Fraud within the Nigerian health system, a double threat for resilience of a health system and the response to the COVID-19 pandemic: a review
Monica Ewomazino Akokuwebe, Erhabor Sunday Idemudia
Received: 23 Aug 2022 - Accepted: 08 Jun 2023 - Published: 06 Jul 2023
Domain: Health Research,Public health,Sociology
Keywords: COVID-19, fraud, impact, Nigeria, pandemic
©Monica Ewomazino Akokuwebe et al. Pan African Medical Journal (ISSN: 1937-8688). This is an Open Access article distributed under the terms of the Creative Commons Attribution International 4.0 License (https://creativecommons.org/licenses/by/4.0/), which permits unrestricted use, distribution, and reproduction in any medium, provided the original work is properly cited.
Cite this article: Monica Ewomazino Akokuwebe et al. Fraud within the Nigerian health system, a double threat for resilience of a health system and the response to the COVID-19 pandemic: a review. Pan African Medical Journal. 2023;45:116. [doi: 10.11604/pamj.2023.45.116.36979]
Available online at: https://www.panafrican-med-journal.com/content/article/45/116/full
Fraud within the Nigerian health system, a double threat for resilience of a health system and the response to the COVID-19 pandemic: a review
Fraud within the Nigerian health system, a double threat for resilience of a health system and the response to the COVID-19 pandemic: a review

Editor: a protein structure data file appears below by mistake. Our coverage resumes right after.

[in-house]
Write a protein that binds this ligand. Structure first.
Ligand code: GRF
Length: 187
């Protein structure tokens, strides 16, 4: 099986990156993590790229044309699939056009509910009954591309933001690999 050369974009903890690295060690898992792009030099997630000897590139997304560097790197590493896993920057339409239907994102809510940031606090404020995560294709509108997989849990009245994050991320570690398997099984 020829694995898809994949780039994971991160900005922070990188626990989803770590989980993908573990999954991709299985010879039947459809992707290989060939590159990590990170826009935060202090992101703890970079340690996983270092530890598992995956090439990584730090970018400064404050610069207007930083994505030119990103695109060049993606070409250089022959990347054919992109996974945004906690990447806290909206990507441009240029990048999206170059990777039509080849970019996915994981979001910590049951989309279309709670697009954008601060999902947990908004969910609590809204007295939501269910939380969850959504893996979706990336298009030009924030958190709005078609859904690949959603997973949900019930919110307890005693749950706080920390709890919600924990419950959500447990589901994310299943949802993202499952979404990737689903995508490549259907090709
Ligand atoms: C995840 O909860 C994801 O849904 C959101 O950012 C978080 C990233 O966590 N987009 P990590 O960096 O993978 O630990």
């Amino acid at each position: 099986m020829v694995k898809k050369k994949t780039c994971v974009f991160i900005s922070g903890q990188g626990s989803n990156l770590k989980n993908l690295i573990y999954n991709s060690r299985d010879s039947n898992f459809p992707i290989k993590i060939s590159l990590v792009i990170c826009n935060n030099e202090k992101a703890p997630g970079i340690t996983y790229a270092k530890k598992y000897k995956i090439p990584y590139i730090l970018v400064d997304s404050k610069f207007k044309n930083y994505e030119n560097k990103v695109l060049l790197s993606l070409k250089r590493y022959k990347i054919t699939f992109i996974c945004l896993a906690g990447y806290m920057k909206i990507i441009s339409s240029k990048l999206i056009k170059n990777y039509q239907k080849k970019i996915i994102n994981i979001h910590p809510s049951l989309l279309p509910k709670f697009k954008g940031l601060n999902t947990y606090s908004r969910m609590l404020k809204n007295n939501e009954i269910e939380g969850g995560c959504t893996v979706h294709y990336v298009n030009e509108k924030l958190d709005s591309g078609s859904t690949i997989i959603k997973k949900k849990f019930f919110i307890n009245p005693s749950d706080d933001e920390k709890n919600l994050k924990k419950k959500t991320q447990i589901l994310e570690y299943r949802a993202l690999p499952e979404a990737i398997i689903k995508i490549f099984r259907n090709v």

As Nigeria battles the COVID-19 pandemic, systemic fraud within the health system may undermine the efforts to halt the devastating effect of the disease and the fight against COVID-19. Fraud is a major concern worldwide, especially in developing countries such as Nigeria, where it is widespread within the health system. The vulnerability of the Nigerian health system despite several efforts from relevant stakeholders, has consistently been underscored before the pandemic arose, raising serious concerns. These concerns include fraud, embezzlement, and mismanagement of funds, exploitation, lack of transparency in policymaking, cutting corners in procurement processes, and taking advantage of the healthcare workforce for personal benefits. Also, other involvements in the vulnerability of the Nigerian health system that are worrisome include stakeholders using the pandemic to their advantage to increase their private benefits, a short supply of vital health resources, fraudulent recruitment of the health workforce, and ineffective crisis management. This study explores fraud within the Nigerian health system, its impact and implications for health-system resilience as well as its response to the COVID-19 pandemic. Guided by agency theory, causes and impacts of fraud in the health system and its implications on the response to COVID-19 were explained. Systematic review method was employed; out of 1462 articles identified and screened dated from 1991 to 2021, sixty articles were included in the analysis and interpretation. Specific fraud interventions should focus on a weak and vulnerable health system, service delivery, high-risk institutionalized health workforce, and addressing issues of fraud within and outside the health system in order to curb the dreaded COVID-19 and its variants in Nigeria.